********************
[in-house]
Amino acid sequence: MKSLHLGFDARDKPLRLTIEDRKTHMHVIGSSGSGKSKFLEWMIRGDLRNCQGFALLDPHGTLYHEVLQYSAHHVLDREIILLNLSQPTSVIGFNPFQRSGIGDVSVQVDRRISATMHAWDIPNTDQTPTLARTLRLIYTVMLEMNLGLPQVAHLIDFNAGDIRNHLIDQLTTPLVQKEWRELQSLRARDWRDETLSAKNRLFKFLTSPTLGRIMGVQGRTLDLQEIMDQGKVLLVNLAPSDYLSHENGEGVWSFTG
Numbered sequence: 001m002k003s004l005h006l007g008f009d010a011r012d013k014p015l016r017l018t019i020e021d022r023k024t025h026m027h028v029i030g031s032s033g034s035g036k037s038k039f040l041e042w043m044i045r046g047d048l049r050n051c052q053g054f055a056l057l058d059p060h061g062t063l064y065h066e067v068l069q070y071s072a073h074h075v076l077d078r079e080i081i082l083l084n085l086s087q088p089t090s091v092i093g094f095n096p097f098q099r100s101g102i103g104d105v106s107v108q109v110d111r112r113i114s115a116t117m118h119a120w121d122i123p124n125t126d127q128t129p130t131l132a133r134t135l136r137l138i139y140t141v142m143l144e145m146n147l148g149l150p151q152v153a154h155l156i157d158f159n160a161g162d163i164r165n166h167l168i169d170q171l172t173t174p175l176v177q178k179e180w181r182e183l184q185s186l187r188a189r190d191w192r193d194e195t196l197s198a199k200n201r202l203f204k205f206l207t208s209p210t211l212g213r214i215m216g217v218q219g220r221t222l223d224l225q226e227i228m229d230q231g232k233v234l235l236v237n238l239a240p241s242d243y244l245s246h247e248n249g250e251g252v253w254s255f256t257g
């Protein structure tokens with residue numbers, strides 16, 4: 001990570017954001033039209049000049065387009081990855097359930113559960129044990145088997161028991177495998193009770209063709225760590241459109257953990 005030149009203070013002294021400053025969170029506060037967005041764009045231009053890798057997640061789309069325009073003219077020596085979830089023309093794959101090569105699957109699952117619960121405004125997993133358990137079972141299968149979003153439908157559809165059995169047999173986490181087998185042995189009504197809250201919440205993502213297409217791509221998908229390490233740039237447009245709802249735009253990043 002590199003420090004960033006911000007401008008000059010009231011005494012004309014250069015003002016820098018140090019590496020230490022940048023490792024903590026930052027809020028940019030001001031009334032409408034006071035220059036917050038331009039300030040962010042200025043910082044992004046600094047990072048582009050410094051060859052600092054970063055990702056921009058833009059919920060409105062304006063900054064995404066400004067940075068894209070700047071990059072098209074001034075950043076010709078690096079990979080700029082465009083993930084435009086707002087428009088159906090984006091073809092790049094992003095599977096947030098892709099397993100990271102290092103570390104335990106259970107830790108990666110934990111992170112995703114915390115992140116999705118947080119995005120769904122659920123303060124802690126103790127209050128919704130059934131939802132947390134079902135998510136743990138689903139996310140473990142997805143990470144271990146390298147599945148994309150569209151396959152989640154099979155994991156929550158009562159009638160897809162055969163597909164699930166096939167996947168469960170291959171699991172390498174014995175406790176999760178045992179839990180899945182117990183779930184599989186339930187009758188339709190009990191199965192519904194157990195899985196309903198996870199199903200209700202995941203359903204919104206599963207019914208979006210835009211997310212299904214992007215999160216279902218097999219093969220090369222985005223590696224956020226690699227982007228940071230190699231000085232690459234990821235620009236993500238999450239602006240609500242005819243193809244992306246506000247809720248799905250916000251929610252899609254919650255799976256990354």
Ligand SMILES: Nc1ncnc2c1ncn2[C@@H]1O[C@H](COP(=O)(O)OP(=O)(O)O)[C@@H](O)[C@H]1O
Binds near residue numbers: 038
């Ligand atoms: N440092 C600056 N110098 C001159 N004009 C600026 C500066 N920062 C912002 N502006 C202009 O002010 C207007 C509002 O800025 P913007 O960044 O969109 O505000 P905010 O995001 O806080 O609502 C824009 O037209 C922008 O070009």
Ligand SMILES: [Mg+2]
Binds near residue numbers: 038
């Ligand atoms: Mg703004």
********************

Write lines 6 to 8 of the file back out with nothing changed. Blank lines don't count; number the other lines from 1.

Binds near residue numbers: 038
């Ligand atoms: N440092 C600056 N110098 C001159 N004009 C600026 C500066 N920062 C912002 N502006 C202009 O002010 C207007 C509002 O800025 P913007 O960044 O969109 O505000 P905010 O995001 O806080 O609502 C824009 O037209 C922008 O070009």
Ligand SMILES: [Mg+2]